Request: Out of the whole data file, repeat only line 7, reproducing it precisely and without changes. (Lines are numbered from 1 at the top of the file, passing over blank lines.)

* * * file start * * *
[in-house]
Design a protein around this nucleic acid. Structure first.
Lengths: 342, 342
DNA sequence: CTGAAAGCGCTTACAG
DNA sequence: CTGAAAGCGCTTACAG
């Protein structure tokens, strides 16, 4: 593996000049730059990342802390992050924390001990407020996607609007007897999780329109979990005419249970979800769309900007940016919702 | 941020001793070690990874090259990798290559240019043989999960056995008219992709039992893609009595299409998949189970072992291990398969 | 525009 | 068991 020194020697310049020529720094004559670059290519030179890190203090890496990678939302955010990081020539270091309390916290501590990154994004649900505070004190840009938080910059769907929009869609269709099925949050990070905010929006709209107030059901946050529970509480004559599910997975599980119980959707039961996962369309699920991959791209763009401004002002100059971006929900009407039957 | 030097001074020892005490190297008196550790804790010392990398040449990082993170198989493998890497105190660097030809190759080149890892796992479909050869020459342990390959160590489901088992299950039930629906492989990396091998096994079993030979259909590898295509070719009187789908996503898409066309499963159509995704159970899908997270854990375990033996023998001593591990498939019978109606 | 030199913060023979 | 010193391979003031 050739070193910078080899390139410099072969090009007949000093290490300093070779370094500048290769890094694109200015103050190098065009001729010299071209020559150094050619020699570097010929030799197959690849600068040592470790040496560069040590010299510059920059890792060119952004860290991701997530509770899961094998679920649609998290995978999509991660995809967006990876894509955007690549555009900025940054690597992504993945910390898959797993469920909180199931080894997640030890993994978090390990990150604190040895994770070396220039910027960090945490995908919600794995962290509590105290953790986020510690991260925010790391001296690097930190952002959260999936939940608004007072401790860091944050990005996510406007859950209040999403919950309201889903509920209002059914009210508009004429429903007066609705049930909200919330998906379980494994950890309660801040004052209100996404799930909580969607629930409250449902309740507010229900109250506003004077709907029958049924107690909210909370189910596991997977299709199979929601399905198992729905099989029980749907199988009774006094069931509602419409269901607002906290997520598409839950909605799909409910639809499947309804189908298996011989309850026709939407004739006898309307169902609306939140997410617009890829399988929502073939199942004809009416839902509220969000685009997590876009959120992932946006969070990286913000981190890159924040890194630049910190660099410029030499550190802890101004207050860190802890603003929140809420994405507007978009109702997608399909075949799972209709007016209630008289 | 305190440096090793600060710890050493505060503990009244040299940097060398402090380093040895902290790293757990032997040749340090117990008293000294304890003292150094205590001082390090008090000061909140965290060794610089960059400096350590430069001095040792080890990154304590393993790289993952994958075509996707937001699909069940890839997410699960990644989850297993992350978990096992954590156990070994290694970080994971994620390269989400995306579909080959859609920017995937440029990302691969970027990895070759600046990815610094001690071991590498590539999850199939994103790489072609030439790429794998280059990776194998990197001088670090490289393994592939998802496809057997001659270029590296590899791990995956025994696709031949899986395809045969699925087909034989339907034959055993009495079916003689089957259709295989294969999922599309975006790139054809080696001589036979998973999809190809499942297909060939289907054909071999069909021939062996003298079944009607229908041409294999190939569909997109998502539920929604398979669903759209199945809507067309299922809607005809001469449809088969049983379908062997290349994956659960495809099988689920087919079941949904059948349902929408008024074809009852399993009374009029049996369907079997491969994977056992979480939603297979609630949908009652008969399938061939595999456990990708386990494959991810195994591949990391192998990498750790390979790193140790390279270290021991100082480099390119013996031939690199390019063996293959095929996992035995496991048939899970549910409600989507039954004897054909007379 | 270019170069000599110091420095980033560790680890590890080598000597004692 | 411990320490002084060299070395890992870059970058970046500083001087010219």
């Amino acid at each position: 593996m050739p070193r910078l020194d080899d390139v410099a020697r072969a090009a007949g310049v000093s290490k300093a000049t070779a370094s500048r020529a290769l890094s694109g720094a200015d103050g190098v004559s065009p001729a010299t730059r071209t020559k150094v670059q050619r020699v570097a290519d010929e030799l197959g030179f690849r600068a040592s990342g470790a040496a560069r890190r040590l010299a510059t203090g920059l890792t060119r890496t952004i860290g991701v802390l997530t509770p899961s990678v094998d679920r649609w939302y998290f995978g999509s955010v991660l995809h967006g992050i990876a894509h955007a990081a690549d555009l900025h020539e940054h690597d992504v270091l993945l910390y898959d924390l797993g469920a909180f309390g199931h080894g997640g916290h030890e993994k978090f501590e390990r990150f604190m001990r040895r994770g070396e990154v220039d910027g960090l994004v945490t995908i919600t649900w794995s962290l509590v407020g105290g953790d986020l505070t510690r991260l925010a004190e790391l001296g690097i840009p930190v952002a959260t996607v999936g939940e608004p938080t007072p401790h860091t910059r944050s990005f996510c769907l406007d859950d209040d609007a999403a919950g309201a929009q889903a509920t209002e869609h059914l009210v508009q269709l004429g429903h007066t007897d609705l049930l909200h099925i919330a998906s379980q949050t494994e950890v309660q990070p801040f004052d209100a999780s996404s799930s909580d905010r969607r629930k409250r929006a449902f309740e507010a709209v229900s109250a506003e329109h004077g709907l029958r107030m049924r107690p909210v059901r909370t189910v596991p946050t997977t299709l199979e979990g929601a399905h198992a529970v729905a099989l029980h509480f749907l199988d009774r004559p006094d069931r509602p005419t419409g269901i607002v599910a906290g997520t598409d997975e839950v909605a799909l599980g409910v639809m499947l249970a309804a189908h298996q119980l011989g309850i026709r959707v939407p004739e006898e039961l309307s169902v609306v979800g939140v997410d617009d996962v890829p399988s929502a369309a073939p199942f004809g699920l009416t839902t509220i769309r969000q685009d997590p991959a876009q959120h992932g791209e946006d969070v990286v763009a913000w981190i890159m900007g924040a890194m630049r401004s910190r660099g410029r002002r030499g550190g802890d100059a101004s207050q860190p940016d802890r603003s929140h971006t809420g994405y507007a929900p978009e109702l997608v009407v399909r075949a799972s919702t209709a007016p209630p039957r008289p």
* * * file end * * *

């Amino acid at each position: 593996m050739p070193r910078l020194d080899d390139v410099a020697r072969a090009a007949g310049v000093s290490k300093a000049t070779a370094s500048r020529a290769l890094s694109g720094a200015d103050g190098v004559s065009p001729a010299t730059r071209t020559k150094v670059q050619r020699v570097a290519d010929e030799l197959g030179f690849r600068a040592s990342g470790a040496a560069r890190r040590l010299a510059t203090g920059l890792t060119r890496t952004i860290g991701v802390l997530t509770p899961s990678v094998d679920r649609w939302y998290f995978g999509s955010v991660l995809h967006g992050i990876a894509h955007a990081a690549d555009l900025h020539e940054h690597d992504v270091l993945l910390y898959d924390l797993g469920a909180f309390g199931h080894g997640g916290h030890e993994k978090f501590e390990r990150f604190m001990r040895r994770g070396e990154v220039d910027g960090l994004v945490t995908i919600t649900w794995s962290l509590v407020g105290g953790d986020l505070t510690r991260l925010a004190e790391l001296g690097i840009p930190v952002a959260t996607v999936g939940e608004p938080t007072p401790h860091t910059r944050s990005f996510c769907l406007d859950d209040d609007a999403a919950g309201a929009q889903a509920t209002e869609h059914l009210v508009q269709l004429g429903h007066t007897d609705l049930l909200h099925i919330a998906s379980q949050t494994e950890v309660q990070p801040f004052d209100a999780s996404s799930s909580d905010r969607r629930k409250r929006a449902f309740e507010a709209v229900s109250a506003e329109h004077g709907l029958r107030m049924r107690p909210v059901r909370t189910v596991p946050t997977t299709l199979e979990g929601a399905h198992a529970v729905a099989l029980h509480f749907l199988d009774r004559p006094d069931r509602p005419t419409g269901i607002v599910a906290g997520t598409d997975e839950v909605a799909l599980g409910v639809m499947l249970a309804a189908h298996q119980l011989g309850i026709r959707v939407p004739e006898e039961l309307s169902v609306v979800g939140v997410d617009d996962v890829p399988s929502a369309a073939p199942f004809g699920l009416t839902t509220i769309r969000q685009d997590p991959a876009q959120h992932g791209e946006d969070v990286v763009a913000w981190i890159m900007g924040a890194m630049r401004s910190r660099g410029r002002r030499g550190g802890d100059a101004s207050q860190p940016d802890r603003s929140h971006t809420g994405y507007a929900p978009e109702l997608v009407v399909r075949a799972s919702t209709a007016p209630p039957r008289p």